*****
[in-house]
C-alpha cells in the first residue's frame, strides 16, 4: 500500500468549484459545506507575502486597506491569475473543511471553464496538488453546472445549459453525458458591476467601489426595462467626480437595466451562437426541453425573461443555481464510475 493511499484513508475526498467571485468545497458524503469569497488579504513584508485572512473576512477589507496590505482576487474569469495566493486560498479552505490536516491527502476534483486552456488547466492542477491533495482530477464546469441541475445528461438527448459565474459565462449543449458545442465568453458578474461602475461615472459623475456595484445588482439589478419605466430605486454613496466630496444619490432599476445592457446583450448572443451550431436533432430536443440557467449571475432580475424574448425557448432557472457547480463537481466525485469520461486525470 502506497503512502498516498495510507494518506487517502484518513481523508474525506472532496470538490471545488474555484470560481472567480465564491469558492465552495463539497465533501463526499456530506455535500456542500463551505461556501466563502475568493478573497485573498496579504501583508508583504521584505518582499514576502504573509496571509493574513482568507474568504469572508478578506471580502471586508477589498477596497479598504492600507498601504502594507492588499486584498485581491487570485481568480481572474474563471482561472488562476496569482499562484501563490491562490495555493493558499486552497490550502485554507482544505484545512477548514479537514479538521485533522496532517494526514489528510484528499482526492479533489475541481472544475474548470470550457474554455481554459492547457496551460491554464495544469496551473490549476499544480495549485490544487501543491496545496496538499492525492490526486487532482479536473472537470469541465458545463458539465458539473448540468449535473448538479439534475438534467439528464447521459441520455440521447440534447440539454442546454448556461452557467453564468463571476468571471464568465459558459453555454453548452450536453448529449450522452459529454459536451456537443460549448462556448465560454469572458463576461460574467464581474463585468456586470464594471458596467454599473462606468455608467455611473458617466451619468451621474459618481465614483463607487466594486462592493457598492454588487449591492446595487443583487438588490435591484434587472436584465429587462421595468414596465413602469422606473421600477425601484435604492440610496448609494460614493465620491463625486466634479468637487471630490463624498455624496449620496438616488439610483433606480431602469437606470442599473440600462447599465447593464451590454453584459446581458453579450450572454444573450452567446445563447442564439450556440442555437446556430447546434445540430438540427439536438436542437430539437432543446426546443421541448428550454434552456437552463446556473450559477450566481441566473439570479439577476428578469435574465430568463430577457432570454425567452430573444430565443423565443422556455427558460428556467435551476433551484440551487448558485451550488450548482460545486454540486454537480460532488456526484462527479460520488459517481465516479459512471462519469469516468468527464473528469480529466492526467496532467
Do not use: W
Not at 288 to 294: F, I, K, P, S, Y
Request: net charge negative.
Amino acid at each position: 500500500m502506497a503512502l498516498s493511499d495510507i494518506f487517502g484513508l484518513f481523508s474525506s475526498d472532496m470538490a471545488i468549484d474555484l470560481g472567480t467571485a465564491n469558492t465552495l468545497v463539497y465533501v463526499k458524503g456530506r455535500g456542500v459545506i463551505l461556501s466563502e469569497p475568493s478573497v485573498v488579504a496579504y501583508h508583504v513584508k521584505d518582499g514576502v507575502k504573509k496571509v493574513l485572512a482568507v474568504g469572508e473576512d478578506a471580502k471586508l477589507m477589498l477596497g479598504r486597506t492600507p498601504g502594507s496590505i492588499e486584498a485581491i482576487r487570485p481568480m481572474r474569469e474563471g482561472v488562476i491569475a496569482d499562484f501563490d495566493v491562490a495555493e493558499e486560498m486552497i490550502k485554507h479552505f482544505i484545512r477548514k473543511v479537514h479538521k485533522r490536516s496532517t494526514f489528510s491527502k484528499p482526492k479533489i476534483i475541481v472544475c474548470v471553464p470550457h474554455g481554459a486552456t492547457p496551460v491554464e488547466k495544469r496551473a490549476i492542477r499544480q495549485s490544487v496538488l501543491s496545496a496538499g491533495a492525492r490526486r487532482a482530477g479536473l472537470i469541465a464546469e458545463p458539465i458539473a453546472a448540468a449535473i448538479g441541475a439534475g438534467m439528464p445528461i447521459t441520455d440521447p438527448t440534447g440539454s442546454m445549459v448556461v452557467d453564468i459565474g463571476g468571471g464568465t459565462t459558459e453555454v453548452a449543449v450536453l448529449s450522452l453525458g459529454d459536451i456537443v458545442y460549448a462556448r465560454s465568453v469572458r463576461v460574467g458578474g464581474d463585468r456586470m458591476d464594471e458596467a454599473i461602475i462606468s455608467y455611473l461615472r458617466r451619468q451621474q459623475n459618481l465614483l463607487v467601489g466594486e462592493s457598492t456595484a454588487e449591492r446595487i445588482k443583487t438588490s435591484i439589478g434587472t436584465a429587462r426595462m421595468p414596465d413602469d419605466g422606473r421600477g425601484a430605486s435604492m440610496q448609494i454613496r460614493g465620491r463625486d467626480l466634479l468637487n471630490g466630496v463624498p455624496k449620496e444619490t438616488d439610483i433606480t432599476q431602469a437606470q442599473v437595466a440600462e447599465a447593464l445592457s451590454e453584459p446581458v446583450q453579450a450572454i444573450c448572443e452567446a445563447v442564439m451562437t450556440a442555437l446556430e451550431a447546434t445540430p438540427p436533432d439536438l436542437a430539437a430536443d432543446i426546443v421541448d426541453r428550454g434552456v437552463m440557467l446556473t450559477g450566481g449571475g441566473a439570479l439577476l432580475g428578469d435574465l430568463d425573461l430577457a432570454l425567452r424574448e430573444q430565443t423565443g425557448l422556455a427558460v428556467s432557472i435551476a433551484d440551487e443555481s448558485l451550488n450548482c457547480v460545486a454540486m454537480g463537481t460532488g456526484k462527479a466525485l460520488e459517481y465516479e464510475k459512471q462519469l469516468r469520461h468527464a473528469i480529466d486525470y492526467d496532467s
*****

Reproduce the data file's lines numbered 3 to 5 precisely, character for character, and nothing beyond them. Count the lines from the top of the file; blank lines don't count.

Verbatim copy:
Do not use: W
Not at 288 to 294: F, I, K, P, S, Y
Request: net charge negative.